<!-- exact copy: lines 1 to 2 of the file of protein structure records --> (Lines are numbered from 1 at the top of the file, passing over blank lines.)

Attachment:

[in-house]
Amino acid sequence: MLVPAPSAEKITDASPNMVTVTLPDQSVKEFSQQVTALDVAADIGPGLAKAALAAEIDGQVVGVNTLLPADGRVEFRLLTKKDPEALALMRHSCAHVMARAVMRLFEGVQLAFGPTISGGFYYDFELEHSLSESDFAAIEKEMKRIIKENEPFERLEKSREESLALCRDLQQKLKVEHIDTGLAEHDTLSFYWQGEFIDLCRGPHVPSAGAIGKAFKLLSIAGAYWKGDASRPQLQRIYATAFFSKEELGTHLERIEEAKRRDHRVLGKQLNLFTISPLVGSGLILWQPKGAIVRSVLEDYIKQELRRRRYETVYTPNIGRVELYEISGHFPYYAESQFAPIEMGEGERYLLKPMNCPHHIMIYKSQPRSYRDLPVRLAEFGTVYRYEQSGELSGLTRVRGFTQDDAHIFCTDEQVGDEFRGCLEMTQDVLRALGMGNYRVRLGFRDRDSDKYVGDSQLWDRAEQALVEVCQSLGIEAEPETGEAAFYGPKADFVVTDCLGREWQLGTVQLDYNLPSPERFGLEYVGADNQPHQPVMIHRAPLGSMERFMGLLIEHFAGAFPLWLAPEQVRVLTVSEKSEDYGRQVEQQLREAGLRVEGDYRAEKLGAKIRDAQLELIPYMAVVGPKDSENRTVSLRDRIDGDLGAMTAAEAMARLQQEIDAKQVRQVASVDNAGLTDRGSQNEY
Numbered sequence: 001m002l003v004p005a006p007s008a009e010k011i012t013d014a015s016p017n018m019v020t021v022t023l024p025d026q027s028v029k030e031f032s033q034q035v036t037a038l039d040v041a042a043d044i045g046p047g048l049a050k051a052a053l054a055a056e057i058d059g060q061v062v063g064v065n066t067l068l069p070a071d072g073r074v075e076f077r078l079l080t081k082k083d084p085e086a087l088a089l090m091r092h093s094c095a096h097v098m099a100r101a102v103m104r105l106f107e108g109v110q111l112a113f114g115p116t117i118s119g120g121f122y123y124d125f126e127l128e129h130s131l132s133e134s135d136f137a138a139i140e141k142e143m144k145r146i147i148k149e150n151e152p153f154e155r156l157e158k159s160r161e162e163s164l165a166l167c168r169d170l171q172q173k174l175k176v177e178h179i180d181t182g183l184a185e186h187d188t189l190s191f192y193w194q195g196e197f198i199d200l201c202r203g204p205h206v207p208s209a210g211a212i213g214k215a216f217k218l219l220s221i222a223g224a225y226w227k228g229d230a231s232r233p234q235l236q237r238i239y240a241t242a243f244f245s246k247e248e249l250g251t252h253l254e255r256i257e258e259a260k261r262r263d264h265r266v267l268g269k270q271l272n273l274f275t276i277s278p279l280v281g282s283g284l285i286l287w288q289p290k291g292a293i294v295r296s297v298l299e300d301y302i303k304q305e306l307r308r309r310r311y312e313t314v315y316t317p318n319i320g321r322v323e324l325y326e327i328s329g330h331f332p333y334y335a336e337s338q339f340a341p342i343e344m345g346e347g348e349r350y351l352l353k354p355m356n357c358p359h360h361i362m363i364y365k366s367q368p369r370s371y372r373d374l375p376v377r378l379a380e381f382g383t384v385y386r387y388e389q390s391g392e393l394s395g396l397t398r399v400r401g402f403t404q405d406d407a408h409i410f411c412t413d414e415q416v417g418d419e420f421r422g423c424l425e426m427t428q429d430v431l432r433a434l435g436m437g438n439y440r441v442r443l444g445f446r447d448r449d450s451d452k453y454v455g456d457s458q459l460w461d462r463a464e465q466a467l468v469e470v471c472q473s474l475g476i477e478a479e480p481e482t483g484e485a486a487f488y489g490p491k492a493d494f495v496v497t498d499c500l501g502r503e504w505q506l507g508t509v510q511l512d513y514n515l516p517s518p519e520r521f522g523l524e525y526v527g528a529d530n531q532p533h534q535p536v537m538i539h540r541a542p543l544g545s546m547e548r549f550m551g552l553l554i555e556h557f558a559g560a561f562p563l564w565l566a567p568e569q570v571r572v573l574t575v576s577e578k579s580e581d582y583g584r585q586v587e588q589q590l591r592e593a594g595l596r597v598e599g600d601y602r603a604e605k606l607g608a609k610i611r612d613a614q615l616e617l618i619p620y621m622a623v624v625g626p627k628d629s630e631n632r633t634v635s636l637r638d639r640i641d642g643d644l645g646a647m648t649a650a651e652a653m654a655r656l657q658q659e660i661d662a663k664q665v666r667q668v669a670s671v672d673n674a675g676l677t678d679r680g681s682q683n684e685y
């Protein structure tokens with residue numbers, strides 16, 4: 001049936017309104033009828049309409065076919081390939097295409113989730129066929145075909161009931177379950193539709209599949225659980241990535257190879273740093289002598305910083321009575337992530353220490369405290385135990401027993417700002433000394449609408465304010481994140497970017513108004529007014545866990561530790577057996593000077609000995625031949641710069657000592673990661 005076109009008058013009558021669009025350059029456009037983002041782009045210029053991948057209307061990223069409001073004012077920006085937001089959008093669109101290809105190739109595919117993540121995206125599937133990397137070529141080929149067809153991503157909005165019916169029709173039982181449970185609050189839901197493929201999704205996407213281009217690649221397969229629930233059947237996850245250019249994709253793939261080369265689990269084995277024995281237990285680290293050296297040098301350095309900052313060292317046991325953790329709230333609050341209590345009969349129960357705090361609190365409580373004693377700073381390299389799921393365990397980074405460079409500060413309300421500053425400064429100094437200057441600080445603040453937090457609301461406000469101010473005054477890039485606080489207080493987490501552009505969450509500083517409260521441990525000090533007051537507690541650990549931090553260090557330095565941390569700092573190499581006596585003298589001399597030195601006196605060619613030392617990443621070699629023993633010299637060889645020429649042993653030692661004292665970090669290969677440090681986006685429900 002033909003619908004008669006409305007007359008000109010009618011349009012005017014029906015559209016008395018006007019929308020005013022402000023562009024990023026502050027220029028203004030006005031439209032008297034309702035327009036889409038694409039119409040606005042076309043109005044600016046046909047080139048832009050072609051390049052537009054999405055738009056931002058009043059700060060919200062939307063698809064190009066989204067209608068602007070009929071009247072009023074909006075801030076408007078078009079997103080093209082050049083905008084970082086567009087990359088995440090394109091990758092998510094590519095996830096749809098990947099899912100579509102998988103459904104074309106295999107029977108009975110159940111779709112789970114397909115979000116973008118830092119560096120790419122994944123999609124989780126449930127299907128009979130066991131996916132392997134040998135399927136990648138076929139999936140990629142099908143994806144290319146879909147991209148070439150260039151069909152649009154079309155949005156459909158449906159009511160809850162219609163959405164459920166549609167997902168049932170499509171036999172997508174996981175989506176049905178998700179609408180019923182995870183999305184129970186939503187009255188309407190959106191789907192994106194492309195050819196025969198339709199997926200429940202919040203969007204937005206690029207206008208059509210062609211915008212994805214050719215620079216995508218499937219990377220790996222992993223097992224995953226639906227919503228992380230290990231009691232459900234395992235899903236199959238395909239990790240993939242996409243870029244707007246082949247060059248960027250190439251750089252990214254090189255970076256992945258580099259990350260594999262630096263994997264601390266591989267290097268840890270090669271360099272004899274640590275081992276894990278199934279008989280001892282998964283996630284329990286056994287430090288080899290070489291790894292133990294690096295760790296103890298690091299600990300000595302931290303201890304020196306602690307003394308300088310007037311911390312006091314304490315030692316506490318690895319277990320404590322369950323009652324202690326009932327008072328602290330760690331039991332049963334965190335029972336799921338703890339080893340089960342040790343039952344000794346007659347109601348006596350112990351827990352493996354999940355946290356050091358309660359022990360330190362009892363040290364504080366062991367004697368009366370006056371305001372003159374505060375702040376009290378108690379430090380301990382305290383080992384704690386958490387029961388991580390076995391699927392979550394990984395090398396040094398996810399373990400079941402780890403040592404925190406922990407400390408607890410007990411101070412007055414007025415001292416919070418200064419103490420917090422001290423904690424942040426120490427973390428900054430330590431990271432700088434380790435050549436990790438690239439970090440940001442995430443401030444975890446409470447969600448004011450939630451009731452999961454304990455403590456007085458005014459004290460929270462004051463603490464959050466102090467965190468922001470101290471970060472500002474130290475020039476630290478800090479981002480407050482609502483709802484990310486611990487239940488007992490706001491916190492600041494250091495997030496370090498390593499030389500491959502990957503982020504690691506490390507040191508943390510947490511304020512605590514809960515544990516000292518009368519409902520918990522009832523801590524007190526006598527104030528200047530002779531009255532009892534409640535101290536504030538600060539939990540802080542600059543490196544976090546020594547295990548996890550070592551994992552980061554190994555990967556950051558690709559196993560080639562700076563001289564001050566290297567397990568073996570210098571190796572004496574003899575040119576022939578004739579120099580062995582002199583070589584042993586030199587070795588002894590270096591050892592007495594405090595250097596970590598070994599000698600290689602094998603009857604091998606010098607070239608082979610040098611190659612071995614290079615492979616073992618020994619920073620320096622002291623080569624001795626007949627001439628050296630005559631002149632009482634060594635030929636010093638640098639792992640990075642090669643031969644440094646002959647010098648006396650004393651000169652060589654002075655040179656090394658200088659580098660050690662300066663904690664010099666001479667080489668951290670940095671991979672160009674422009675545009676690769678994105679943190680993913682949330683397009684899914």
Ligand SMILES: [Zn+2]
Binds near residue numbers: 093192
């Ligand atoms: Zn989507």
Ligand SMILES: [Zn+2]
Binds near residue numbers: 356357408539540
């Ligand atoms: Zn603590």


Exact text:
[in-house]
Amino acid sequence: MLVPAPSAEKITDASPNMVTVTLPDQSVKEFSQQVTALDVAADIGPGLAKAALAAEIDGQVVGVNTLLPADGRVEFRLLTKKDPEALALMRHSCAHVMARAVMRLFEGVQLAFGPTISGGFYYDFELEHSLSESDFAAIEKEMKRIIKENEPFERLEKSREESLALCRDLQQKLKVEHIDTGLAEHDTLSFYWQGEFIDLCRGPHVPSAGAIGKAFKLLSIAGAYWKGDASRPQLQRIYATAFFSKEELGTHLERIEEAKRRDHRVLGKQLNLFTISPLVGSGLILWQPKGAIVRSVLEDYIKQELRRRRYETVYTPNIGRVELYEISGHFPYYAESQFAPIEMGEGERYLLKPMNCPHHIMIYKSQPRSYRDLPVRLAEFGTVYRYEQSGELSGLTRVRGFTQDDAHIFCTDEQVGDEFRGCLEMTQDVLRALGMGNYRVRLGFRDRDSDKYVGDSQLWDRAEQALVEVCQSLGIEAEPETGEAAFYGPKADFVVTDCLGREWQLGTVQLDYNLPSPERFGLEYVGADNQPHQPVMIHRAPLGSMERFMGLLIEHFAGAFPLWLAPEQVRVLTVSEKSEDYGRQVEQQLREAGLRVEGDYRAEKLGAKIRDAQLELIPYMAVVGPKDSENRTVSLRDRIDGDLGAMTAAEAMARLQQEIDAKQVRQVASVDNAGLTDRGSQNEY